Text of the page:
The black hole - called Sagittarius A*, or Sgr A* - is the second one ever to be imaged. The feat was accomplished by the same Event Horizon Telescope (EHT) international collaboration that in 2019 unveiled the first photo of a black hole - that one residing at the heart of a different galaxy.
University of Arizona astronomer Feryal Özel, at a news conference in Washington, hailed "the first direct image of the gentle giant in the centre of our galaxy," showing a glowing ring of red, yellow and white surrounding a darker centre.
Sagittarius A* (pronounced Sagittarius "A" star) possesses 4 million times the mass of our sun and is located about 26,000 light-years - the distance light travels in a year, 9.5 trillion km - from Earth.
Harvard-Smithsonian Center for Astrophysics astrophysicist Michael Johnson called Sagittarius A* "ravenous but inefficient," currently eating relatively little matter.
"If Sgr A* were a person, it would consume a single grain of rice every million years," Johnson said. It is putting out only a few hundred times the energy of the sun despite being much more massive.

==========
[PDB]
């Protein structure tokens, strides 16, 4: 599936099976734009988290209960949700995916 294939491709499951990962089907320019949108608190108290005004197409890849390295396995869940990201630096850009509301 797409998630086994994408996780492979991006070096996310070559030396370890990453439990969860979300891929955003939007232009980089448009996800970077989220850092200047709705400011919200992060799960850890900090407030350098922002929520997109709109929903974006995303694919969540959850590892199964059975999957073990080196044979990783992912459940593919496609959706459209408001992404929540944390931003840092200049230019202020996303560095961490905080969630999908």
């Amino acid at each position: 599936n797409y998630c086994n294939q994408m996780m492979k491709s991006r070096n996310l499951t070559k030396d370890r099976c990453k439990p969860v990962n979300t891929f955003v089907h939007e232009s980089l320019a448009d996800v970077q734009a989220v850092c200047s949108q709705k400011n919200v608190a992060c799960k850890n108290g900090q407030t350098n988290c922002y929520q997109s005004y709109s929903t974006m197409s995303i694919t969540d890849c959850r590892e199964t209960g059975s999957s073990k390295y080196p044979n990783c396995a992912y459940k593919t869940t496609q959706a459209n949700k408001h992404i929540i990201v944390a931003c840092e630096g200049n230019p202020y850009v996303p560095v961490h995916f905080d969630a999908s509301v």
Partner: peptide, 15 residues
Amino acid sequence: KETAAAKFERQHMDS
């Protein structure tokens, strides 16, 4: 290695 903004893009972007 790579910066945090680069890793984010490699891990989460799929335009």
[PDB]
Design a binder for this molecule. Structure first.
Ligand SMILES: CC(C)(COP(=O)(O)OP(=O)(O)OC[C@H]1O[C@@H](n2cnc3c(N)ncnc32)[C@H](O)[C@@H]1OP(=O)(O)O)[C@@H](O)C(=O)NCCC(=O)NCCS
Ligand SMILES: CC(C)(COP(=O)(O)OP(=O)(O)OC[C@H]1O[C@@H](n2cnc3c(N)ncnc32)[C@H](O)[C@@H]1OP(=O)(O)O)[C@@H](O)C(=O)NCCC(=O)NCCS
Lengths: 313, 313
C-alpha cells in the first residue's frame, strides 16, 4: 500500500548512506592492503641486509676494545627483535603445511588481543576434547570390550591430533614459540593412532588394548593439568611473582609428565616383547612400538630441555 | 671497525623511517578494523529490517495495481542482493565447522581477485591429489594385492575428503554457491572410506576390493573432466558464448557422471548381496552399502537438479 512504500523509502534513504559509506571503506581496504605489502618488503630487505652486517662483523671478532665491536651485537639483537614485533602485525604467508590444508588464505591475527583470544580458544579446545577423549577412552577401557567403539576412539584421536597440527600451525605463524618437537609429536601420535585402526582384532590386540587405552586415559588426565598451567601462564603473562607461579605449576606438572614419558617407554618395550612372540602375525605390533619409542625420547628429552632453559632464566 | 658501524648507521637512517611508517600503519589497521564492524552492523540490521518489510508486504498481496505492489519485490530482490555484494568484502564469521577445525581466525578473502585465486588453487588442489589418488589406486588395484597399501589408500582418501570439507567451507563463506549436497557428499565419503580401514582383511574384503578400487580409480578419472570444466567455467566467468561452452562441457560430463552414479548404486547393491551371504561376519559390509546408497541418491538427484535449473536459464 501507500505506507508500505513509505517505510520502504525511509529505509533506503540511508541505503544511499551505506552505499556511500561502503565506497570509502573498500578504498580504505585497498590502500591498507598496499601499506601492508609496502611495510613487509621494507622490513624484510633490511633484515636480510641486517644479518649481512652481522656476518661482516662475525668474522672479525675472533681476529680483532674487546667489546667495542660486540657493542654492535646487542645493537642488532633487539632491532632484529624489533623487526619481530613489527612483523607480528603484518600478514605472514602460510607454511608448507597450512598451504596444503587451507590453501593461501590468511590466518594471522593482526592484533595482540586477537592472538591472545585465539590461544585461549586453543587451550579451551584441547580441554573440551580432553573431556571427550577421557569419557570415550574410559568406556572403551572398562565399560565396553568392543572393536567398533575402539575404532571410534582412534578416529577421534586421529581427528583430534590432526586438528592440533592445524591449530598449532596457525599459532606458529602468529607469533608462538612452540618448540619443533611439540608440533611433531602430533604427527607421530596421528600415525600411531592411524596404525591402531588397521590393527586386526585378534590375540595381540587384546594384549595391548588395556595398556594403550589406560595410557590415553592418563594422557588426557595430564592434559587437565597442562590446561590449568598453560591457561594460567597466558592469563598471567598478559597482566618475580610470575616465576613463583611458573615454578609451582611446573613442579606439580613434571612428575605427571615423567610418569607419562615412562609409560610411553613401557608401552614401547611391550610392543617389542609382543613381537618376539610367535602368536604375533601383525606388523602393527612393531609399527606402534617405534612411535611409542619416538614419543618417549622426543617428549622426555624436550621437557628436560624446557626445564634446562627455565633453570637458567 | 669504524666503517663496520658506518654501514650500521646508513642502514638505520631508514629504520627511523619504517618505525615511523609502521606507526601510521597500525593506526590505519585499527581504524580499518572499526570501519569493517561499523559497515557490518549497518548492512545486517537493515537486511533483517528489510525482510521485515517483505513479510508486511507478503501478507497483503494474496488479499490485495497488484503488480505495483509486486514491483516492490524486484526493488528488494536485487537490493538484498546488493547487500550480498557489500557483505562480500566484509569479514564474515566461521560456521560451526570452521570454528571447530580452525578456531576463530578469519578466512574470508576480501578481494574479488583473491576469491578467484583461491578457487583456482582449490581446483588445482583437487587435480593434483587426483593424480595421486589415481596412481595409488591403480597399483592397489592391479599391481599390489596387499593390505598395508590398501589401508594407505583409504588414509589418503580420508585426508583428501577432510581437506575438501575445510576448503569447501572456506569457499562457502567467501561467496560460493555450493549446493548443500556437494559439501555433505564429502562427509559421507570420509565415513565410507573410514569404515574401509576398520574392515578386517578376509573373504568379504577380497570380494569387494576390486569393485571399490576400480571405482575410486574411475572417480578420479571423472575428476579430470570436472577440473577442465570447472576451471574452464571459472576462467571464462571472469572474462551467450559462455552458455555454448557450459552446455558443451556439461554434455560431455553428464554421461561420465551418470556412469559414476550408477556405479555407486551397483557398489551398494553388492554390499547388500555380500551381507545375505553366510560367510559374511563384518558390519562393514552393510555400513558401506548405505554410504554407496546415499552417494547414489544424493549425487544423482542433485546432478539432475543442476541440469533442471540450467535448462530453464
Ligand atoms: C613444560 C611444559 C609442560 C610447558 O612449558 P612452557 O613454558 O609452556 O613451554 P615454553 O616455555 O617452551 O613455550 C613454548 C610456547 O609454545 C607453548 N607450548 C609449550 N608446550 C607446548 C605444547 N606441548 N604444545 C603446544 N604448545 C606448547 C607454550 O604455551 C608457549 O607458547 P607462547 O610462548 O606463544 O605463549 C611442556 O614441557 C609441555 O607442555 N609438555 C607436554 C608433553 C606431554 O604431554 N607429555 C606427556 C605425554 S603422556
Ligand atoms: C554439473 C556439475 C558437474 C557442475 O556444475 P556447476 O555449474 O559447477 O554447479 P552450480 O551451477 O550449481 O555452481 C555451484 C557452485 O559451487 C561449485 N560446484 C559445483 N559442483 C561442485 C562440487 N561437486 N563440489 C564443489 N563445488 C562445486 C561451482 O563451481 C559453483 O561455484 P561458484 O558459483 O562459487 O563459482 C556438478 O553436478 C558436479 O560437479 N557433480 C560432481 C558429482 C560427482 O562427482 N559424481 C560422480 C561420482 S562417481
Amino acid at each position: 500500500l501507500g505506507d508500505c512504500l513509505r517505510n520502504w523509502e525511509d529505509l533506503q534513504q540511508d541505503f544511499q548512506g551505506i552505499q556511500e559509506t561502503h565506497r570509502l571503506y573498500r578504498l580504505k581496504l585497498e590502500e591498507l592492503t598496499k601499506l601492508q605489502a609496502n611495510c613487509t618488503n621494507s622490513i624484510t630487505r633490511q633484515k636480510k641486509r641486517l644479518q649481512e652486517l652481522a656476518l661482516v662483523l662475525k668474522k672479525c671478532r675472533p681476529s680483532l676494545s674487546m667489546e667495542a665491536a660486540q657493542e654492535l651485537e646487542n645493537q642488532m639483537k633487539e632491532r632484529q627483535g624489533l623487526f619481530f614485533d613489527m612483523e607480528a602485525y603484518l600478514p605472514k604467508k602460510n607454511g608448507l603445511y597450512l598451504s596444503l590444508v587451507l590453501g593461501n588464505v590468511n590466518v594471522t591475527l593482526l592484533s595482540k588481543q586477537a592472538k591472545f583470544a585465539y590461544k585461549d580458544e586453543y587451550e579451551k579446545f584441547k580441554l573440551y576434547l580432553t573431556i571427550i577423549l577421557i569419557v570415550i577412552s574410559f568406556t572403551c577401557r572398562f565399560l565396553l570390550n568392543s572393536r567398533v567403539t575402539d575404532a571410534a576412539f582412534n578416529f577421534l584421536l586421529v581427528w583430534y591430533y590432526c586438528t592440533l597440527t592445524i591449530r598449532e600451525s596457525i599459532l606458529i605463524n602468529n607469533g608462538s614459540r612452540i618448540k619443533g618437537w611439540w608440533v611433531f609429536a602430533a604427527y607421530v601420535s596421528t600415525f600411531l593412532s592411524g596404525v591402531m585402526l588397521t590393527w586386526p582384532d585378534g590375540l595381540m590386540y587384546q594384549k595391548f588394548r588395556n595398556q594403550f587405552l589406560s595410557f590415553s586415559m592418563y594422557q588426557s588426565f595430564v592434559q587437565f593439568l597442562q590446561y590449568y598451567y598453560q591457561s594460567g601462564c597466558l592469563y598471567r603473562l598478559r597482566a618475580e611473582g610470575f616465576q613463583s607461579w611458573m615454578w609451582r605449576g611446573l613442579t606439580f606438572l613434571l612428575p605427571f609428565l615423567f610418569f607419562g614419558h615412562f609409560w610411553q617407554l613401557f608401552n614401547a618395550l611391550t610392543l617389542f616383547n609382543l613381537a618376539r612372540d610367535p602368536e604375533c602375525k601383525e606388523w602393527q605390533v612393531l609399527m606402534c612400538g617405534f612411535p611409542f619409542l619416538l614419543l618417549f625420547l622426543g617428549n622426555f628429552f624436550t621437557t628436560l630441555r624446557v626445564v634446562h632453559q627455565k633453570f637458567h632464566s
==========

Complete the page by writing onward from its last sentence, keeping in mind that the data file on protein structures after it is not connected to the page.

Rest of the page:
Black holes are extraordinarily dense objects with gravity so strong that not even light can escape, making viewing them extremely challenging. A black hole's event horizon is the point of no return beyond which anything - stars, planets, gas, dust and all forms of electromagnetic radiation - gets dragged into oblivion.
The image was obtained using the EHT's global network of observatories working collectively to observe radio sources associated with black holes. It showed a ring of light - super-heated disrupted matter and radiation circling at tremendous speed at the edge of the event horizon - around a region of darkness representing the actual black hole. This is called the black hole's shadow or silhouette.
Imaging it was complicated by its dynamic environment including swirling gas around it - as Özel put it: "a source that burbled and gurgled as we looked at it."
"We love our black hole," Özel said.
The Milky Way is a spiral galaxy that contains at least 100 billion stars. Viewed from above or below it resembles a spinning pinwheel, with our sun situated on one of the spiral arms and Sagittarius A* located at the centre.
Photo: European Southern Observatory via AFP